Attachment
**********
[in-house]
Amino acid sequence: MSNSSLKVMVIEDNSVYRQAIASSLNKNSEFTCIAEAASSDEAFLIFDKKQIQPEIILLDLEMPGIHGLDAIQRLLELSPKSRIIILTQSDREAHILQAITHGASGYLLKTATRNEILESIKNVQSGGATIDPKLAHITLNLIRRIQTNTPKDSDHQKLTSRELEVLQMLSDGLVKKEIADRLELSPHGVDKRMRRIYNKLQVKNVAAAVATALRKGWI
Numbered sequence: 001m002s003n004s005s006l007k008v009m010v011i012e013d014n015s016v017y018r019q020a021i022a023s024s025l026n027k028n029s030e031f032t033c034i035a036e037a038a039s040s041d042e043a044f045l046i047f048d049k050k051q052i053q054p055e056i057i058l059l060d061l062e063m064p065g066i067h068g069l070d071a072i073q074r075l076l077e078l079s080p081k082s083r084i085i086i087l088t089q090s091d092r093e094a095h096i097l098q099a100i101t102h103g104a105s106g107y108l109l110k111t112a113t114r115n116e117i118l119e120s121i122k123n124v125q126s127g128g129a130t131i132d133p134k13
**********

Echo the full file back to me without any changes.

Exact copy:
[in-house]
Amino acid sequence: MSNSSLKVMVIEDNSVYRQAIASSLNKNSEFTCIAEAASSDEAFLIFDKKQIQPEIILLDLEMPGIHGLDAIQRLLELSPKSRIIILTQSDREAHILQAITHGASGYLLKTATRNEILESIKNVQSGGATIDPKLAHITLNLIRRIQTNTPKDSDHQKLTSRELEVLQMLSDGLVKKEIADRLELSPHGVDKRMRRIYNKLQVKNVAAAVATALRKGWI
Numbered sequence: 001m002s003n004s005s006l007k008v009m010v011i012e013d014n015s016v017y018r019q020a021i022a023s024s025l026n027k028n029s030e031f032t033c034i035a036e037a038a039s040s041d042e043a044f045l046i047f048d049k050k051q052i053q054p055e056i057i058l059l060d061l062e063m064p065g066i067h068g069l070d071a072i073q074r075l076l077e078l079s080p081k082s083r084i085i086i087l088t089q090s091d092r093e094a095h096i097l098q099a100i101t102h103g104a105s106g107y108l109l110k111t112a113t114r115n116e117i118l119e120s121i122k123n124v125q126s127g128g129a130t131i132d133p134k13